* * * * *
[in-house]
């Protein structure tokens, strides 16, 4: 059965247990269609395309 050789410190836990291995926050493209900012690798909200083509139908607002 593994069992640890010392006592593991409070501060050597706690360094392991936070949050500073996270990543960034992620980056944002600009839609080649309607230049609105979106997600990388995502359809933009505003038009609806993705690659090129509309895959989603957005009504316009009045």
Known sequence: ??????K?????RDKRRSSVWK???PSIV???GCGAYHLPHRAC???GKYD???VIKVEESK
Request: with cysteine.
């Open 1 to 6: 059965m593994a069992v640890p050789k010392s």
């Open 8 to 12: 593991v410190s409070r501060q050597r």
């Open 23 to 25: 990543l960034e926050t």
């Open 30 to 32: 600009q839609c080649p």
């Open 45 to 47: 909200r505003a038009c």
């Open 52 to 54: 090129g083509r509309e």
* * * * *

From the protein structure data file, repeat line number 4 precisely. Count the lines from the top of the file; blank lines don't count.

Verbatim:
Request: with cysteine.